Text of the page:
Guide about documentary photography – mastering documentary photography
In this guide about documentary photography, I have proposed to describe as clear as possible what is it, how to do it and how to approach the subjects and situations in real life.
Documentary photography is like street photography as they have many common features, but is entirely a distinct discipline as its purpose is to tell a story. It is a genre of photography which offers a straightforward representation of its subject which can be anything including people, objects, places, or events. It is mostly used in reportage.
For most people, it is a type of sharp-focus photography which revolves around capturing raw and candid real-life situations. Through it, the photographer gets the opportunity to show to viewers the complexities of life. Usually, the capturer is narrating a story over a period of time. This differs it from photojournalism which is mostly about covering events in real-time.
The images in documentary photography usually follow a theme. These themes are commonly based on social and political issues like conflict, injustice and inequality. Many renowned photographers became famous because of their effective portrayal of such themes, including horrors of war.
As documentary photography relies on accurate depiction of its subject, it is hard in practice. It relies on the shooting of richer subject which reflect deeper meanings. They have to reflect the world as it exists, without any editing. Even though it is anti-interventionist, it is not a dispassionate form of art, as it is very meaningful.
Exceptional documentary photography doesn’t only accurately represent a subject, but also represents the handiwork of the photographer. The critical eye and the ability to narrate the story is also vital.
So in order to capture decisive moments it is necessary that the photographer has a healthy amount of intuition and skill, so that they can discover the perfect scenarios and are able to convey them properly.
Thus, mastering documentary photography requires a lot of practice and effort. You can begin with the fundamentals which are always a good place to start, but exclusive provenance of rules will not help you to excel in documentary photography. In order to become a professional, you will have to grasp this craft from its core. Here are some tips on how you can do this:
Developing personal and social skills so that you can get close-up and delve deeply
Technical photography skills are not the only thing you need here. You need personal and social skills as well to support them. Documentary photography rely on people skills, then it does on camera. Most of their work is done when the camera is in the bag – like conversations, learning and research.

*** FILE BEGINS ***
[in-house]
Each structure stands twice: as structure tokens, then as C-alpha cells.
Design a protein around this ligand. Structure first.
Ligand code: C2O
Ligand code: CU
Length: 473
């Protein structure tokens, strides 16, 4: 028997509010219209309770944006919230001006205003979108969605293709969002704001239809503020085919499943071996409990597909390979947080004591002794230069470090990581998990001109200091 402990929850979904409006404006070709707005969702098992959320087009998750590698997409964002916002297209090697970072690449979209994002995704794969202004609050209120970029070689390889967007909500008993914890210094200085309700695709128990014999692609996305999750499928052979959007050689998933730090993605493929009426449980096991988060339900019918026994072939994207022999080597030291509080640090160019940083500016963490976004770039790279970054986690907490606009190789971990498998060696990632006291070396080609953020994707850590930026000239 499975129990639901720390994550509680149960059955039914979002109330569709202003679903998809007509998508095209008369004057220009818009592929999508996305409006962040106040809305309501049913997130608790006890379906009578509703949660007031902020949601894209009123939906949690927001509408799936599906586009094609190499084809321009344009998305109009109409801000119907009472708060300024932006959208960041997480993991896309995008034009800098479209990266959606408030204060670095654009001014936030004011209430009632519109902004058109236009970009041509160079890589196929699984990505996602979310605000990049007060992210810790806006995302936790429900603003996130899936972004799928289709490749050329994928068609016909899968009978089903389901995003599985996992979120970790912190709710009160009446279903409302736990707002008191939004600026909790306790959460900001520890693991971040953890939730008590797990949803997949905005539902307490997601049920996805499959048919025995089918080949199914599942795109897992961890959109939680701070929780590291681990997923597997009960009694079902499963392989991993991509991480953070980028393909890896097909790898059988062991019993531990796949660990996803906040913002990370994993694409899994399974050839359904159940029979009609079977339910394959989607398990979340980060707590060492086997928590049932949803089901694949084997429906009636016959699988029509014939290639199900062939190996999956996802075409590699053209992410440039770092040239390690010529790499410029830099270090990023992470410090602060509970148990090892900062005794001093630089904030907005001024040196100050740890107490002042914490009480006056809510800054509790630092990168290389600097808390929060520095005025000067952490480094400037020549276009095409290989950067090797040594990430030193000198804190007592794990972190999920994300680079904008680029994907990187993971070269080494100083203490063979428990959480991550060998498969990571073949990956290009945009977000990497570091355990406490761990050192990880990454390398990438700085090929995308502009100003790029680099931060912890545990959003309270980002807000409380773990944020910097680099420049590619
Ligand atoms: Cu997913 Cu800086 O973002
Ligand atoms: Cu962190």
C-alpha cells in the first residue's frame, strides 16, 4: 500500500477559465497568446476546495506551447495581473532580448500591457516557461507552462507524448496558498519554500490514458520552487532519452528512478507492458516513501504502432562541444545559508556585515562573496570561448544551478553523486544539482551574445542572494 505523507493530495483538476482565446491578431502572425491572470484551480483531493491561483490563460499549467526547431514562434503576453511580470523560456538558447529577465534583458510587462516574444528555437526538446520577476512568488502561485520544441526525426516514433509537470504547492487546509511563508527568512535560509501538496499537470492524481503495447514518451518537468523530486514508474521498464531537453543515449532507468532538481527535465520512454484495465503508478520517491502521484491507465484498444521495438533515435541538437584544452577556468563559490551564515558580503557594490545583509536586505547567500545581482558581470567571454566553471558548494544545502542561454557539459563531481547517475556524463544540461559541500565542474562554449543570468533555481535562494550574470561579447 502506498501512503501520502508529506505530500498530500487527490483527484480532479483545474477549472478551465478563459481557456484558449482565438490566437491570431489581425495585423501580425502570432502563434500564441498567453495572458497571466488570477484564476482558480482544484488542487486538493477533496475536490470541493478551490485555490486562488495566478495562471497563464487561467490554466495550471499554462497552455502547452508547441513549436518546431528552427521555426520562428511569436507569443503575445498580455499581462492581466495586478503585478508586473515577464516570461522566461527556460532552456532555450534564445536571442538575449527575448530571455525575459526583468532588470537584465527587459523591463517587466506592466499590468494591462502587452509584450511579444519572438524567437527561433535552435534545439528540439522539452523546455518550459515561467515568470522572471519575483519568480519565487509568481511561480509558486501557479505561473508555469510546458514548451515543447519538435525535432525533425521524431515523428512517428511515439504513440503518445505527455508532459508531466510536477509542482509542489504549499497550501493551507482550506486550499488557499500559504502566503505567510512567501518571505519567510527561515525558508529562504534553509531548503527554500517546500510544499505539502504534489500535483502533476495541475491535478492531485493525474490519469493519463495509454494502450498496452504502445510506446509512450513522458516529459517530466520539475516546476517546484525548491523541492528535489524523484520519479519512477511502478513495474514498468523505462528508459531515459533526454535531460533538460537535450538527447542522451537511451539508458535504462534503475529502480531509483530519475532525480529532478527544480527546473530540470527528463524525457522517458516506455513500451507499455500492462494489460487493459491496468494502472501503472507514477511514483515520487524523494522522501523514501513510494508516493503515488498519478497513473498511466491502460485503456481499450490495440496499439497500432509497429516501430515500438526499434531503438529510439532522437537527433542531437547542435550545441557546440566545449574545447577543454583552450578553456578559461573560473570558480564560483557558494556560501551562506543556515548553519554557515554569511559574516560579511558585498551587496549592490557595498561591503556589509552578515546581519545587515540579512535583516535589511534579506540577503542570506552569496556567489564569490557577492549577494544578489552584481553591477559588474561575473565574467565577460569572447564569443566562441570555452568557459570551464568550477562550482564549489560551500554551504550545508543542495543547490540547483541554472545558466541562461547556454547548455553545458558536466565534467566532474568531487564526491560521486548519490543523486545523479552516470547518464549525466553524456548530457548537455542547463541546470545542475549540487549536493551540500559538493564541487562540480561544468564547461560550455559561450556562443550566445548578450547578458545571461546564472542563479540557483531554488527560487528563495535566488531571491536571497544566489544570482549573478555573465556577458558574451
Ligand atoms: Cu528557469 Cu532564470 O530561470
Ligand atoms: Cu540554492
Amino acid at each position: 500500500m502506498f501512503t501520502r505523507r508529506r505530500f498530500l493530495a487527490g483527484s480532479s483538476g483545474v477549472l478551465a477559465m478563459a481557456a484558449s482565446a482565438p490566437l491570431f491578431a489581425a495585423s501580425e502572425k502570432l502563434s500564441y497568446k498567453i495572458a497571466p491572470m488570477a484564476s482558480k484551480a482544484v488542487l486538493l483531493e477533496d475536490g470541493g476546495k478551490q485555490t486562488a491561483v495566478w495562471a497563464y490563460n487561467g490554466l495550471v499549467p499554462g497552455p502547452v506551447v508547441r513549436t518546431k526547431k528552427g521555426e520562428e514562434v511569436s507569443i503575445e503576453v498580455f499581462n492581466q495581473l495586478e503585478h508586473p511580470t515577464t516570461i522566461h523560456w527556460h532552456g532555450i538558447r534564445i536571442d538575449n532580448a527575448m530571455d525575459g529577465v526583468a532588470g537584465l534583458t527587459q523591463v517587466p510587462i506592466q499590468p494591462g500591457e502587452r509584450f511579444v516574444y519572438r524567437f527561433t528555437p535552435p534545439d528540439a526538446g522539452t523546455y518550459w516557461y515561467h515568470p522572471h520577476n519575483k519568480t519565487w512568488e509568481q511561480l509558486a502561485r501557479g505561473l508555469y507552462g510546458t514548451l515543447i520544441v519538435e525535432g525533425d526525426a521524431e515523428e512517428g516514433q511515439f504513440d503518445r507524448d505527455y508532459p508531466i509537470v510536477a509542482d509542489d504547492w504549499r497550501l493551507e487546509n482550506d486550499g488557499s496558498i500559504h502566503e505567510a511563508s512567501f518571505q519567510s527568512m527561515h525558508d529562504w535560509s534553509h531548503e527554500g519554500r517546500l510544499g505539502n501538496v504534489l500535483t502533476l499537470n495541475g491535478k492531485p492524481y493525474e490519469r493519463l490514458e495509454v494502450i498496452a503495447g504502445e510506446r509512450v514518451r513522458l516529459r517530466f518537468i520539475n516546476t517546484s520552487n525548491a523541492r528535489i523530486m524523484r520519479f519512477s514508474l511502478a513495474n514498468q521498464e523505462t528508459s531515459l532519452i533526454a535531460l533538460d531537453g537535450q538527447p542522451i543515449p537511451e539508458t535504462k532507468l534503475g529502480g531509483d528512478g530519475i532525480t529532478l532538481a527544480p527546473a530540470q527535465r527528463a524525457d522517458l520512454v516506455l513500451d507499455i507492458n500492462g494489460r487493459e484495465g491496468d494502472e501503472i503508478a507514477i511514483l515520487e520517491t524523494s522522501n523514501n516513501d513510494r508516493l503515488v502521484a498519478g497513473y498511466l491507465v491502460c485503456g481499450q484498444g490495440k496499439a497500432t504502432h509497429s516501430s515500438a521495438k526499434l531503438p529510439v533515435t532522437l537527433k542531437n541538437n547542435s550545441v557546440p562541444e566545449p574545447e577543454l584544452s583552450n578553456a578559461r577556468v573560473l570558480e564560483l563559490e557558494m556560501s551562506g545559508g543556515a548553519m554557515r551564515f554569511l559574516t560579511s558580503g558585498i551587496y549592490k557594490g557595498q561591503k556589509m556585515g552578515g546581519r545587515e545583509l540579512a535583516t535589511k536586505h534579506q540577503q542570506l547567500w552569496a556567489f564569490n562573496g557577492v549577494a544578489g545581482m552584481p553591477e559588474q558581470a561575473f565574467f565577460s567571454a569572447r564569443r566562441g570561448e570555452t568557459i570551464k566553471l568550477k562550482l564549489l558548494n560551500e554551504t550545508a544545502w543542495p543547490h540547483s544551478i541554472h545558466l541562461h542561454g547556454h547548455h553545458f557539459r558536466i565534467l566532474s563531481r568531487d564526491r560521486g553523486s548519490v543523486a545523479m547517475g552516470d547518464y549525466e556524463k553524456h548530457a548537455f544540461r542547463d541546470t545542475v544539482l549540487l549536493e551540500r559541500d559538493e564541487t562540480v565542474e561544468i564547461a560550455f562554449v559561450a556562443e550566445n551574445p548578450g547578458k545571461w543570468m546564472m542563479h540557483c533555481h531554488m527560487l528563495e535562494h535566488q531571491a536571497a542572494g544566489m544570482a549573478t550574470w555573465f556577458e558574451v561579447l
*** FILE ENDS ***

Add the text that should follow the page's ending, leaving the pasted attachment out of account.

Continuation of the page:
Part of documentary photography is to understand what is happening around you. To do this you have to commit yourself to spend some time with your subject. Do not act quickly or rashly to document, as time can be a great advantage. The greater the time spent, more intimacy will develop which will yield more meaningful works.
Protecting and managing the work
Mostly, documentary photography project last over a long period of time over which things can get messed up. The shoots can take days, weeks and even years, so there should be a system for managing and organizing the work which can get lost easily. In order to survive the ordeal and protecting your work from lost or damage, it is advised to immediately duplicate everything and save your images in few different locations.
It is also recommended adding metadata daily. Remember that a lax approach can sink any project, as documentary photography is unpredictable and you can lose all your work within a blink of an eye, along with all the effort and time spent on it. Avoid making such mistakes and be cautious.
Indulging in curiosity
Documentary photography involves intimate exploration – be it a subject, event or environment. You have to indulge in it for your own gratification, or else you won’t be able to capture its depth. So if you wish to narrate historical stories or share a unique message through images with the greater world, then you have to understand it first.
Quench your curiosity and delve deep into the realities and challenges of life and explore them, before presenting them. Make sure that your images emit something personal. It touches the soul of the viewer and for this to happen you have to put in your soul first.
An important skill in documentary photography is to build your own curiosity into your work. Your personal desire to better understand the subject and its surrounding, will allow you to make moving work which will surely impress and influence others.
Documentary photography is not very difficult. It looks complicated, but all you have to do is harness your powers and take the first step. Once you dive into it, you won’t be able to hold back as it is very intriguing and compelling. Become a part of it now and experience bewilderment in its most raw form!